While the first book swapped perspectives between two key characters, this book covers four perspectives, more widely variant. The way the stories are woven together keeps the book moving along while more convincingly delving into the ethics and motivations of each character.
Also mad props to Corey for writing convincing, engaging female characters, something I've found sorely lacking in many other sci-fi authors like Alastair Reynolds or Orson Scott Card. Gone is the cheesy manic-pixie-dream-girl-in-his-head from the first book of the series, and in her place there's a gigantic kickass curvaceous Polynesian marine wearing mechanized body armor. Yes please!
I'm eager for the next installment!
This is a great continuation to "The Expanse" series. One thing that really strikes me is how culturally rich this series is. You get "traditional" cultures and "new" cultures with Corey bringing them to life brilliantly!
You also get a delightful punch in the face by mysteries this book will not answer, which is a brilliant setup to whatever comes next. It just makes me kinda wish I could download the third book right now.
The science is hard and well written, which is great for those of you who like numbers behind your fiction, but it's not in your face or dumbed down. It is simply the reality of the series, the day-to-day of life in our Solar System.
Favorite characters return in new suits and situations, many of them develop in unexpected ways. New characters arrive and you'll love/hate them; you'll even recognize them and probably wish some of them were in our world now.
Then the book ends...looking back in time, 47 minutes.
Yes I would and have. The way this series of books is written you have parallel threads from differing viewpoints telling the story. This means that If you have a favorite character you can skip ahead following that character and for the most part retain the sense of the storyline.
Then you can go over it again with another character etc.
Bobbie the Martian Marine was my favorite.
He does a good job of simply reading the story so that you forget who is reading the book and the characters take center stage
The very end when an old character makes an unexpected appearance
I can't wait for the next book.
Oh, my yes. It is a perfect introduction to the medium of audiobooks.
Just about any moment when the old lady speaks
The precise articulation of dear foul mouth Chrisjen Avasarala.
I would plan to listen to a couple of chapters each night as I drifted off to sleep... and either a cliff hanging chapter would keep me going for just one more 20 minute dose, or my burst of out-loud laughter at Avasarala's potty mouthed truths leave me chuckling for another half hour. (I am an equally profane old codger...)
Tell us about yourself!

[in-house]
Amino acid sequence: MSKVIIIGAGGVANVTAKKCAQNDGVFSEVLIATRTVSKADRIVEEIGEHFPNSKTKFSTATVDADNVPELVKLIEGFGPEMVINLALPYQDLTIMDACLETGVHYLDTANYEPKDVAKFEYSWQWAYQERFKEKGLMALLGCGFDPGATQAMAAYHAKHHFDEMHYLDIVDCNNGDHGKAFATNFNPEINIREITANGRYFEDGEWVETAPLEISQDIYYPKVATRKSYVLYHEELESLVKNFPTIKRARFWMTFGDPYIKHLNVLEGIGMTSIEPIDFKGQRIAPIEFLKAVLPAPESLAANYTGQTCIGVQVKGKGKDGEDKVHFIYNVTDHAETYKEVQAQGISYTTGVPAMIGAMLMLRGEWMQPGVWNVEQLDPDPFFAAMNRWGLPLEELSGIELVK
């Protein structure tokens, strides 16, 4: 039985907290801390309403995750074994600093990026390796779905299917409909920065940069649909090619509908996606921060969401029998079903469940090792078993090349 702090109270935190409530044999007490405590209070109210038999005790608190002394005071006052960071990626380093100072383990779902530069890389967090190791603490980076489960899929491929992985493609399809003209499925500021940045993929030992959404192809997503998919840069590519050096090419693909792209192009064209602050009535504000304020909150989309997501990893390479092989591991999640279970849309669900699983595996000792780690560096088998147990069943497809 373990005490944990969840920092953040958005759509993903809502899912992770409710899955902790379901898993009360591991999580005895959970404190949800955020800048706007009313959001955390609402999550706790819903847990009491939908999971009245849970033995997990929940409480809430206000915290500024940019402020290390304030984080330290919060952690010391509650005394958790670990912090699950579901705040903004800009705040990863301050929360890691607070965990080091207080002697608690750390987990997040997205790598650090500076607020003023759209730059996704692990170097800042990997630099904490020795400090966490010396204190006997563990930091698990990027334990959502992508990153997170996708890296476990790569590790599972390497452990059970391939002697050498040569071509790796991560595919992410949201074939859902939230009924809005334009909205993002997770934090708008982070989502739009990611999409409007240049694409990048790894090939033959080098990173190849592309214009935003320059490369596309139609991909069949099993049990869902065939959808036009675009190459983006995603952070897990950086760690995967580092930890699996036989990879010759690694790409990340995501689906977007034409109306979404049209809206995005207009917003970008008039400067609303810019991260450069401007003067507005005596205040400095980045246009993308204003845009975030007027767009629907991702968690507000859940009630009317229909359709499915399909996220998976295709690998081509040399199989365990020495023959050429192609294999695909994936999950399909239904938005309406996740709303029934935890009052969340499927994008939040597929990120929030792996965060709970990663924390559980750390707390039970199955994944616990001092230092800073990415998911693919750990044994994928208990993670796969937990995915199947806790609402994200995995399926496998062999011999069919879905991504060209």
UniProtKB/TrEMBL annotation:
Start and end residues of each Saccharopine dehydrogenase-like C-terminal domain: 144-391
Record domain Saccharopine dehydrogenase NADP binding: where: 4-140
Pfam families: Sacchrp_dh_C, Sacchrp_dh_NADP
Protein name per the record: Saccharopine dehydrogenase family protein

The narrative follows two slowly developing events – a chase to recover the kidnapped child of a Belter botanist and the political posturing of a potty mouthed, grandmotherly UN ambassador who feels her own brand of old-lady wisdom is the only thing holding civilization together. She joins with revenge-seeking marine and eventually finds her way to Holden and his crew, who have teamed up with the botanist on a mission of mercy, where all discover they have a common enemy and a common purpose. Great action sequences follow with happy endings all around. Unlike Leviathan Wakes, which followed similar narratives but felt at every moment of the story, like those narratives paled against larger and far more significant (and alien) problems in the universe, Abaddon’s Gate seems to put those larger, more significant problems in a holding pattern while mankind embarks upon a series of illogical and nonsensical actions that tosses all three factions: Earthers, Martians, and Belters into a pointless war that none can truly win and in the grand scheme of things doesn’t matter anyway. As a result, the novel felt a lot like filler, where nothing of any real importance in the context of the larger story seemed to happen. Despite my problems with the overall story, Abaddon’s Gate is superbly executed with tight, well written action sequences, a level of characterization you don’t often see in space opera, and enough action to move the novel along at a brisk pace. As a stand-alone volume this novel is rather good and certainly enjoyable. In the context of the larger series, this feels like it will be one of the weaker entries.
Ok this was an excellent 2nd book. The first book took me a bit to warm up to but now I like it. Good intrigue in this book and the characters to me are growing and we are finding out more about the alien biologics and it doesnt look good. Narration is done well no negative marks on that from me. If your looking for a good story this certainly qualifies on all points.